-The Best N64 Games: Action-Adventures and RPGs-
Legend of Zelda: Ocarina of Time
Often considered one of the best games of all time, in the best series of all time, on one of the most classic consoles of all time, *deep breath*, it is not surprising Ocarina of Time made this list. Not satisfied with just having Mario excel in the 3rd dimension, Nintendo made the Zelda franchise make the jump and the result was phenomenal. I cannot begin to describe the amount of nostalgia we here at Nintendo Enthusiast have for this game. Expertly designed dungeons, amazing controls, fun items, and tons of side quests makes this the adventure game to have. It’s not just one the best N64 games, it is hands-down THE best N64 game. Period.
Legend of Zelda: Majora’s Mask
Majora’s Mask is not just a game; it is an experience unlike any game out there. The world of Termina is bursting with detail as most NPCs feature a back-story and side quest. The titular mask and Skull Kid make an unusual but unforgettable villain with a complex agenda and deep emotions. The dark atmosphere made this a nice departure for the series and even changed up the typical Zelda formula. All of this — with tight gameplay, intelligent dungeons, and a world begging to be explored– makes this my [CitizenOfVerona’s] favorite game of all time.
It may not have been the Mario RPG everyone wanted at the time, but the game we got turned out to be better than anyone could have imagined. A unique twist on both the Mario franchise and the RPG genre; Paper Mario features a wonderful paper-like art style and turn-based combat with the aid of one selected sidekick. The twist is, with the use of equipable badges, Mario and company can learn new moves or gain stat boosts. The bosses are memorable and the story is one of the funniest ever; any fan of humor or RPGs should check this classic gem out.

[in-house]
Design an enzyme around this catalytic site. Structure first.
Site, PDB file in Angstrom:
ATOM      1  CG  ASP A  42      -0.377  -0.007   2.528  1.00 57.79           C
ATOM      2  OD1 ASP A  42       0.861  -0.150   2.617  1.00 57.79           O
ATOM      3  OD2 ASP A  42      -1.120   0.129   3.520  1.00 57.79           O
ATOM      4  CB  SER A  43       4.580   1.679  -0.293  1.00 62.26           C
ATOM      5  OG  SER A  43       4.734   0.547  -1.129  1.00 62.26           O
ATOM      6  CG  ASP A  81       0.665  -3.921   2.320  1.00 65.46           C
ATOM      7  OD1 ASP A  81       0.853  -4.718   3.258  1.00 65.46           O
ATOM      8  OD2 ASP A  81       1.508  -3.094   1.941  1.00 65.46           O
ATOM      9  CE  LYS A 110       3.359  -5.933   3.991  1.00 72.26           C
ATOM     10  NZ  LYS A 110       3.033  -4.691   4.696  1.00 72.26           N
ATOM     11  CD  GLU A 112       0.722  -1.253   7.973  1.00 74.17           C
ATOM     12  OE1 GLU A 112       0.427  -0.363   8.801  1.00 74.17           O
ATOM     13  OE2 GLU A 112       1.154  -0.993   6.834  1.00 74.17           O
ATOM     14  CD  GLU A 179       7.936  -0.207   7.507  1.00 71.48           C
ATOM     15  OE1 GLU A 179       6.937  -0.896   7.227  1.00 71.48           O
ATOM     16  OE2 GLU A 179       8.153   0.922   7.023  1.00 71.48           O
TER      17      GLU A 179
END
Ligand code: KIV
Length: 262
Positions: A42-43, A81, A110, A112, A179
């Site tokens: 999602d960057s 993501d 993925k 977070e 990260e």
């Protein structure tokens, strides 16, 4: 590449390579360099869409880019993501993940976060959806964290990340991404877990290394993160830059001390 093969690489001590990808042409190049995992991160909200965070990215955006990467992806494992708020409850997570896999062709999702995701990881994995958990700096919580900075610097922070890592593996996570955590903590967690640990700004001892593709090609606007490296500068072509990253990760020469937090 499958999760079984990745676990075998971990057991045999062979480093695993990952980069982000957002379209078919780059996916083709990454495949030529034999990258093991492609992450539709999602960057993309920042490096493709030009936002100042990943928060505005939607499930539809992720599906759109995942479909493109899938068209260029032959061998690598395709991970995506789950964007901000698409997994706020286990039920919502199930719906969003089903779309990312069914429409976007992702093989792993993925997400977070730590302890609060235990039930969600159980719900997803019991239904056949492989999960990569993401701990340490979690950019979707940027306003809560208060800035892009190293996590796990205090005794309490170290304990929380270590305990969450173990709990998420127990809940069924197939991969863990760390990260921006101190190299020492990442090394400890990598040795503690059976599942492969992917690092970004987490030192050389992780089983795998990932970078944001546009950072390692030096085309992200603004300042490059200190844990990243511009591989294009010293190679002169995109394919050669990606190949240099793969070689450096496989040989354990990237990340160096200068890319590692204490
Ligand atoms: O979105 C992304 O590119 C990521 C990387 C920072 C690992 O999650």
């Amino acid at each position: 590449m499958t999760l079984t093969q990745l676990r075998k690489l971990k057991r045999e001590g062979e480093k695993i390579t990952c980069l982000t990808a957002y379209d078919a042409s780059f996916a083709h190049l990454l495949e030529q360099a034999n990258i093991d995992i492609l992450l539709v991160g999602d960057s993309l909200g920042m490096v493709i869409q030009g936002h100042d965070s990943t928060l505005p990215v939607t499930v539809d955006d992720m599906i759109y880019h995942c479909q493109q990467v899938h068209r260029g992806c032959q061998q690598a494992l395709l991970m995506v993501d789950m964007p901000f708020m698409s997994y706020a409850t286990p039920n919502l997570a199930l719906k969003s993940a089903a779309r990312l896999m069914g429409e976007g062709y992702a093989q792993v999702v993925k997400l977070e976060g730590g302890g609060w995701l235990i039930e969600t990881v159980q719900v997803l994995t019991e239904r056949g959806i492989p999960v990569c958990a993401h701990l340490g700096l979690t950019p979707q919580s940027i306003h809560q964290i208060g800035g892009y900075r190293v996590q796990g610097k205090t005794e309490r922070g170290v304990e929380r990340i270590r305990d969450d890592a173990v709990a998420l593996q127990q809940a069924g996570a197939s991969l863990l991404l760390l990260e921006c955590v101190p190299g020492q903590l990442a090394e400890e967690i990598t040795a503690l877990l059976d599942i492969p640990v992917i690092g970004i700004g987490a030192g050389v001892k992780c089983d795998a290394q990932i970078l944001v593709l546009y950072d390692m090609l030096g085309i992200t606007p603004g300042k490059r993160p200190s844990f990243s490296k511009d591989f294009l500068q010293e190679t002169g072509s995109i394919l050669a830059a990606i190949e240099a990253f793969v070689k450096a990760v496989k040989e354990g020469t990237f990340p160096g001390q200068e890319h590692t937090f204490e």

Ogre Battle 64: Person of Lordly Caliber
Fantasy RPG-gaming mixed with strategic and tactical elements, isometric sprite graphics with a 3D overworld map, a massive single player quest with engaging story and plot– the type of game that was hard to find on the N64 but was plentiful on the Playstation. Besides for being a rare commodity on the system, Ogre Battle 64 stands on its own merits as a deep and wonderfully complex RPG.
Castlevania 64 had a lot of weight on its shoulders. It was primed to be the first Castlevania game ever to feature 3D gameplay. Luckily, most critics and gamers considered it to be an excellent transition for the series. The game did a fantastic job of capturing the atmosphere and spirit of the series, while providing a well-balanced, challenging gameplay experience that’s filled with pretty visuals, awesome music, plenty of secrets, and some incredible bosses. Fans of the retro Castlevania games will marvel at this version’s familiar sites and environments and will appreciate the dedicated style of the gameplay. There was one major flaw that nearly brought down the whole game, though: the awful camera system. As long as you were willing to fight with the camera, Castlevania 64 would become a game you would always remember.
Resident Evil 2
What Capcom did with Resident Evil 2 on N64 is nothing short of amazing. Fitting a CD-ROM game onto the cartridge was no easy task, and while some of the graphics may not have been as crisp, players still got the entire horrifying experience with two campaigns, full motion video, and all the horrific voice acting. Whomever players chose first (Leon or Claire) determined how the story would play out and some items Leon picked up would not be available for Claire as she explored the police station. With this dynamic system and innovative way of story telling, replay value was extremely high. Throw in unlockable weapons with unlimited ammo and this game can keep you busy for a long time.